Patients’ experience of identifying and managing exacerbations in COPD: a qualitative study
Williams V., Hardinge M., Ryan S., Farmer A.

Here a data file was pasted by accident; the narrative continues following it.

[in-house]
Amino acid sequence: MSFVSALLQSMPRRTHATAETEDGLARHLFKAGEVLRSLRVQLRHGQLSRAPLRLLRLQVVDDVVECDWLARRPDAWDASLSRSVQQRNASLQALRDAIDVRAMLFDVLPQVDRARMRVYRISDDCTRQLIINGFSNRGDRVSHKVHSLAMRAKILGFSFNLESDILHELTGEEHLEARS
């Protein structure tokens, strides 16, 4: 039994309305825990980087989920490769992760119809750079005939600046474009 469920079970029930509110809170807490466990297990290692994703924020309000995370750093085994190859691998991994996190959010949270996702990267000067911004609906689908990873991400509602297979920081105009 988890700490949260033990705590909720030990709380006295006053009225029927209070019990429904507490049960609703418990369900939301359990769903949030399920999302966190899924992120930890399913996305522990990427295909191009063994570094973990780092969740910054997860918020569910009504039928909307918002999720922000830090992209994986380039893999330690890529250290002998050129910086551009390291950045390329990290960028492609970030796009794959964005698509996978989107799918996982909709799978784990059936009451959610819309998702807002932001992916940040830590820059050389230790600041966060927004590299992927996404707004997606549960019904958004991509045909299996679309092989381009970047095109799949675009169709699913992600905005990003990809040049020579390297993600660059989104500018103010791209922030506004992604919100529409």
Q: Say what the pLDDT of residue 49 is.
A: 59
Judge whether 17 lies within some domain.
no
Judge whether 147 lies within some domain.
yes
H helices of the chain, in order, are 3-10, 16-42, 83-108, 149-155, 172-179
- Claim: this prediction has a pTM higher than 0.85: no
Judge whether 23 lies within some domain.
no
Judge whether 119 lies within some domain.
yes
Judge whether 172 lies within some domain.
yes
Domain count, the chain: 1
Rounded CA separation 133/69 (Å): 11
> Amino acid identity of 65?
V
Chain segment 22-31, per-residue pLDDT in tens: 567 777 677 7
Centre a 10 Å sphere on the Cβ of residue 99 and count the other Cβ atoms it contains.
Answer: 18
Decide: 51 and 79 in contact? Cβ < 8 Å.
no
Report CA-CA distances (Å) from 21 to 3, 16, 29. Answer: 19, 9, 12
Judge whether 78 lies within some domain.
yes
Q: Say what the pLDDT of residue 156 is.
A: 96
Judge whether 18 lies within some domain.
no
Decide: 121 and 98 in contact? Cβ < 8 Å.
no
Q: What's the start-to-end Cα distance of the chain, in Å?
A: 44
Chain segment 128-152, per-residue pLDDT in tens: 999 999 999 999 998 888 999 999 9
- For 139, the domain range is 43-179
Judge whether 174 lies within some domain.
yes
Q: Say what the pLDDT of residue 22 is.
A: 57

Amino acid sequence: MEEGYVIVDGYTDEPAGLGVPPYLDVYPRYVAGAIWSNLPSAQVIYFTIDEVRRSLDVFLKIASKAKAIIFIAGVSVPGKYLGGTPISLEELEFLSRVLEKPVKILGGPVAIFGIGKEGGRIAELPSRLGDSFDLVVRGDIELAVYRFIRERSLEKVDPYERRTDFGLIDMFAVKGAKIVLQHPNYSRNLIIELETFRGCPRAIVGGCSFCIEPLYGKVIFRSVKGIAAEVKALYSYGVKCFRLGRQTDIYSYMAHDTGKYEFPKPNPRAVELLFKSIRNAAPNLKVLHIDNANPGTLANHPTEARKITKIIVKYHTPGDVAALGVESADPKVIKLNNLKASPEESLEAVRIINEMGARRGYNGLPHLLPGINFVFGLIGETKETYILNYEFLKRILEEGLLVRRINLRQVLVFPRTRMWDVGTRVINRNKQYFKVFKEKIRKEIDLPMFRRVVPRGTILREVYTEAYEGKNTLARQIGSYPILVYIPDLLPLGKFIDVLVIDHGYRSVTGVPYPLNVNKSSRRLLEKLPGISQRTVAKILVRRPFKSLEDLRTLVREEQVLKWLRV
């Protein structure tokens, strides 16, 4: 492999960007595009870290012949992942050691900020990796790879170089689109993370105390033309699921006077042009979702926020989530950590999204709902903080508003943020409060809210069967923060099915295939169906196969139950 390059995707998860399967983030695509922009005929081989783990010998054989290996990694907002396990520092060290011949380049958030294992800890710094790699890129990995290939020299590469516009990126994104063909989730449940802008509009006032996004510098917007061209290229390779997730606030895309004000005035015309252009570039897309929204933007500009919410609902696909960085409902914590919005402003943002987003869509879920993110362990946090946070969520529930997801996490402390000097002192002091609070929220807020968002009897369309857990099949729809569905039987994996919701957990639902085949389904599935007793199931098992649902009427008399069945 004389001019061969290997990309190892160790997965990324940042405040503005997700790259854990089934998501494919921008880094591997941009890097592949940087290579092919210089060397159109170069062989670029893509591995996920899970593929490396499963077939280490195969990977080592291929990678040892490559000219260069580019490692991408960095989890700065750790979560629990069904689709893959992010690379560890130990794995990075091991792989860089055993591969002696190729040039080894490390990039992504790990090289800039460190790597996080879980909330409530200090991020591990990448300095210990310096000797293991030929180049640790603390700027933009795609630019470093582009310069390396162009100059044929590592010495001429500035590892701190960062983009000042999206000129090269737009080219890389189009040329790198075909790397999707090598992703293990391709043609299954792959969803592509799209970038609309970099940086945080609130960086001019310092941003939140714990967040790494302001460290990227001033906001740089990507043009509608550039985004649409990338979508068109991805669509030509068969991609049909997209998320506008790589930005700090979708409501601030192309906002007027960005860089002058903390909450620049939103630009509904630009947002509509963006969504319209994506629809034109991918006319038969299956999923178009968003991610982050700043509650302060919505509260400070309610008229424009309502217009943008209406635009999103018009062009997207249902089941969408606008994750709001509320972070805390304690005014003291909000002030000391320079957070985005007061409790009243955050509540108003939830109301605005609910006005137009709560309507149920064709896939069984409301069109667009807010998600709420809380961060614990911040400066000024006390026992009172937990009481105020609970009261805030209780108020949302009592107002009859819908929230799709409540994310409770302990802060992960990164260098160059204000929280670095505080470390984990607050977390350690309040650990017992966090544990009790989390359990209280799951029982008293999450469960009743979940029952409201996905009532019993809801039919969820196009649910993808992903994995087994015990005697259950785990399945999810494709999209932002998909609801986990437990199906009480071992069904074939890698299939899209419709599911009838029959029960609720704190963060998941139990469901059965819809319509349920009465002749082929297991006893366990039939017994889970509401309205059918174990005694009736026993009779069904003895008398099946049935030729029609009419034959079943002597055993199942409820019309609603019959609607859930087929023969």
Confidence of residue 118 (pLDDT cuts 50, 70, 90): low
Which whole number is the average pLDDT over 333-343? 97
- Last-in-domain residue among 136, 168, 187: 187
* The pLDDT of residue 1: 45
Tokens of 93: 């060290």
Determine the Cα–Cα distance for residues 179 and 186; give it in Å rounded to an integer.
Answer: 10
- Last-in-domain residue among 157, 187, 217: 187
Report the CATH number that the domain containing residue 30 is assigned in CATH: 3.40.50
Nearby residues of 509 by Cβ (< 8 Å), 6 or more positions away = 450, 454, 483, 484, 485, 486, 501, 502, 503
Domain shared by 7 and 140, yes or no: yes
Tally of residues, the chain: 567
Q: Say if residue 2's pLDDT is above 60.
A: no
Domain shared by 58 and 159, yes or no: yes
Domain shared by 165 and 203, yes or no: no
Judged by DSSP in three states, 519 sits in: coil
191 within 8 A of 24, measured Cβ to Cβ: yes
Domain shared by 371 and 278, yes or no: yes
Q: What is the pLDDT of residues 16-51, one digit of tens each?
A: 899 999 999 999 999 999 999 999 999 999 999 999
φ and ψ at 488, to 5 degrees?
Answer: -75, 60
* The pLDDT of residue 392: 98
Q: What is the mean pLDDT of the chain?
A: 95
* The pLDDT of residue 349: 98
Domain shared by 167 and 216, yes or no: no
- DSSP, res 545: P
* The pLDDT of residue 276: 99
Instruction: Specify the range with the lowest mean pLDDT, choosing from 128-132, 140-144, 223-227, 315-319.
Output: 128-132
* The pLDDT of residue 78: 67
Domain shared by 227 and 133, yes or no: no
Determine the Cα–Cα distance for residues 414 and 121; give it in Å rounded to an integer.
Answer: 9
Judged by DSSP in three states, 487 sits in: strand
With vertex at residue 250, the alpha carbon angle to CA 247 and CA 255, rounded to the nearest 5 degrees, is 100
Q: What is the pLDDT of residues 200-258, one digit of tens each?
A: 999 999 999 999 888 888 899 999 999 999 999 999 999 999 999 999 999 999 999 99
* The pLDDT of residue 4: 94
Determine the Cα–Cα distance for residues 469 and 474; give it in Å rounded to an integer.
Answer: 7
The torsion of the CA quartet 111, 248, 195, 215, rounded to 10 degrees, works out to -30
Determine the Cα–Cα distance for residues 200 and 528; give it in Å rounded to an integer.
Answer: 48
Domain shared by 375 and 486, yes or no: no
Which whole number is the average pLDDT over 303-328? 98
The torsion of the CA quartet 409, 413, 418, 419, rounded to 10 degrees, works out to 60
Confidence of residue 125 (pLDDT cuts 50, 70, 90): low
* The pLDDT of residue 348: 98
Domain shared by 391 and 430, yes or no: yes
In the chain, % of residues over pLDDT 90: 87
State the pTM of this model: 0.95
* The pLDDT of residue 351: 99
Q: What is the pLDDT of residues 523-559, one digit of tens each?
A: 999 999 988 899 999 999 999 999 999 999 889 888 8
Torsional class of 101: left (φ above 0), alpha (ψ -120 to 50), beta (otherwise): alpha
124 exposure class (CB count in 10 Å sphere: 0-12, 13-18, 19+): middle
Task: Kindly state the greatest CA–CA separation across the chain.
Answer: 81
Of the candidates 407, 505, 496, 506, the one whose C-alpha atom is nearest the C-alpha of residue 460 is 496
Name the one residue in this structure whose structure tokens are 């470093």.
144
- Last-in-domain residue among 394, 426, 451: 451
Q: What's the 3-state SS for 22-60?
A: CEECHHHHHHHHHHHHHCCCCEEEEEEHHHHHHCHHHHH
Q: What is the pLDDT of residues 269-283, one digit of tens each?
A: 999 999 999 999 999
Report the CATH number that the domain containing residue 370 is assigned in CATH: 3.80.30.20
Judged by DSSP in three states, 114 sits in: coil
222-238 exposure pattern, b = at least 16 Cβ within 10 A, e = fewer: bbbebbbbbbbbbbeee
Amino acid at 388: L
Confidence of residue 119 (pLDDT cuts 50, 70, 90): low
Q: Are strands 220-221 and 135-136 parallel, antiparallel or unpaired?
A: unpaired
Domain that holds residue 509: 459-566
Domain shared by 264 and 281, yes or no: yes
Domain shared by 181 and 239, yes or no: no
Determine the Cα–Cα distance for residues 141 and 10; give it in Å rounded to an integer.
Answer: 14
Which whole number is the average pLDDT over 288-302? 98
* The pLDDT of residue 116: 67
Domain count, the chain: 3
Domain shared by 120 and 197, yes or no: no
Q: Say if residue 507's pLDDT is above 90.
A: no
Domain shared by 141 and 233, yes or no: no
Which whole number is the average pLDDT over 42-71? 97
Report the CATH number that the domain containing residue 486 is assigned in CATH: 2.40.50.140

Background: Effective self-management in chronic obstructive pulmonary disease (COPD) is crucial to reduce hospital admissions and improve outcomes for patients. This includes early detection and treatment of exacerbations by patients themselves. Aims: To explore patients’ current understanding and experience of managing and identifying COPD exacerbations at home. Methods: A qualitative, interview-based study was carried out in patients’ homes. Interviews were audio-recorded, transcribed and analysed using a grounded theory approach. Forty-four patients (17 women, 27 men; age range 55–85 years), with moderate-to-very-severe COPD, were recruited to the interview study from primary and secondary care settings in Oxford, UK, during 2012–2013. Results: Patients identified exacerbations on the basis of measurable, ‘visible’ symptoms, such as cough and sputum and ‘invisible’ symptoms, such as chest sensations and bodily knowledge. Most patients seemed to use a combination of these approaches when identifying exacerbations, according to the symptoms that had the most impact on their well-being. Patients used additional self-management strategies during an exacerbation, such as self-medication (antibiotics and steroids) and monitored their recovery. Contact with health-care professionals usually occurred when patients felt no longer able to manage themselves. Conclusions: Patients use both assessment of objective biomarkers, which are aligned with medical knowledge, and subjective symptoms based on their experience, to identify and manage exacerbations of COPD. Health-care professionals and clinicians should acknowledge this ‘expert patient’ knowledge and integrate this into patients’ care plans to facilitate early recognition and treatment of exacerbations.